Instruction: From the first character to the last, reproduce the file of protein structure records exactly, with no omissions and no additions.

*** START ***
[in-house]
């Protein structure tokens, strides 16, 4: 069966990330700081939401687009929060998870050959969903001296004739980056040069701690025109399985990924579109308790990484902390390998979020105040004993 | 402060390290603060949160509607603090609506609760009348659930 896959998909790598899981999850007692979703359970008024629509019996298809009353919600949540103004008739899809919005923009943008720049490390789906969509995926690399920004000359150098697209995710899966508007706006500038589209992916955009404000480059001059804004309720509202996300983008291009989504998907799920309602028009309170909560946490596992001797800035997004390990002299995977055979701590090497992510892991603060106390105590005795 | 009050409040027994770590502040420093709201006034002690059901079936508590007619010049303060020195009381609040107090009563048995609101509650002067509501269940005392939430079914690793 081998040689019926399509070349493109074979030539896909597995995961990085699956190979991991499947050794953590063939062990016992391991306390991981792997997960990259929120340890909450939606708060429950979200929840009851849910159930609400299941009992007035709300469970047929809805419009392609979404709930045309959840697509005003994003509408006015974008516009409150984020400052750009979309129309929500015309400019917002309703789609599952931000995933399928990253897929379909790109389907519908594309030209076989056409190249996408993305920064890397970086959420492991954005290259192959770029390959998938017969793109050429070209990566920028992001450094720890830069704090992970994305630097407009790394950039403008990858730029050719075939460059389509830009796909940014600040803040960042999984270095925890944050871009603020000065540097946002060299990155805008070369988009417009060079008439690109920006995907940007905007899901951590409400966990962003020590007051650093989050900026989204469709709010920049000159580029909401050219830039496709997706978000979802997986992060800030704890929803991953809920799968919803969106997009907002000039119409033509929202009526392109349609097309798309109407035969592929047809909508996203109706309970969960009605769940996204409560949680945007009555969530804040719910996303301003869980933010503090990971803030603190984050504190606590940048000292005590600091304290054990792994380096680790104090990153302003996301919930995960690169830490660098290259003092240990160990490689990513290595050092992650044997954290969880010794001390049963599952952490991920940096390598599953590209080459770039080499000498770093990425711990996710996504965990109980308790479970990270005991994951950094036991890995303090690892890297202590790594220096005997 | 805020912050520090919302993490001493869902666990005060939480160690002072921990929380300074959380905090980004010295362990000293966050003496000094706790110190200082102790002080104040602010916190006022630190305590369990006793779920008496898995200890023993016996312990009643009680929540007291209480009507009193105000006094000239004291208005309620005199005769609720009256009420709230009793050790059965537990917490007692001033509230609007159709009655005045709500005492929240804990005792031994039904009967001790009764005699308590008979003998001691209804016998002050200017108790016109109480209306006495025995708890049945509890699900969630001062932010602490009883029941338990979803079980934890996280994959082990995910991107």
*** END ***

[in-house]
């Protein structure tokens, strides 16, 4: 069966990330700081939401687009929060998870050959969903001296004739980056040069701690025109399985990924579109308790990484902390390998979020105040004993 | 402060390290603060949160509607603090609506609760009348659930 896959998909790598899981999850007692979703359970008024629509019996298809009353919600949540103004008739899809919005923009943008720049490390789906969509995926690399920004000359150098697209995710899966508007706006500038589209992916955009404000480059001059804004309720509202996300983008291009989504998907799920309602028009309170909560946490596992001797800035997004390990002299995977055979701590090497992510892991603060106390105590005795 | 009050409040027994770590502040420093709201006034002690059901079936508590007619010049303060020195009381609040107090009563048995609101509650002067509501269940005392939430079914690793 081998040689019926399509070349493109074979030539896909597995995961990085699956190979991991499947050794953590063939062990016992391991306390991981792997997960990259929120340890909450939606708060429950979200929840009851849910159930609400299941009992007035709300469970047929809805419009392609979404709930045309959840697509005003994003509408006015974008516009409150984020400052750009979309129309929500015309400019917002309703789609599952931000995933399928990253897929379909790109389907519908594309030209076989056409190249996408993305920064890397970086959420492991954005290259192959770029390959998938017969793109050429070209990566920028992001450094720890830069704090992970994305630097407009790394950039403008990858730029050719075939460059389509830009796909940014600040803040960042999984270095925890944050871009603020000065540097946002060299990155805008070369988009417009060079008439690109920006995907940007905007899901951590409400966990962003020590007051650093989050900026989204469709709010920049000159580029909401050219830039496709997706978000979802997986992060800030704890929803991953809920799968919803969106997009907002000039119409033509929202009526392109349609097309798309109407035969592929047809909508996203109706309970969960009605769940996204409560949680945007009555969530804040719910996303301003869980933010503090990971803030603190984050504190606590940048000292005590600091304290054990792994380096680790104090990153302003996301919930995960690169830490660098290259003092240990160990490689990513290595050092992650044997954290969880010794001390049963599952952490991920940096390598599953590209080459770039080499000498770093990425711990996710996504965990109980308790479970990270005991994951950094036991890995303090690892890297202590790594220096005997 | 805020912050520090919302993490001493869902666990005060939480160690002072921990929380300074959380905090980004010295362990000293966050003496000094706790110190200082102790002080104040602010916190006022630190305590369990006793779920008496898995200890023993016996312990009643009680929540007291209480009507009193105000006094000239004291208005309620005199005769609720009256009420709230009793050790059965537990917490007692001033509230609007159709009655005045709500005492929240804990005792031994039904009967001790009764005699308590008979003998001691209804016998002050200017108790016109109480209306006495025995708890049945509890699900969630001062932010602490009883029941338990979803079980934890996280994959082990995910991107």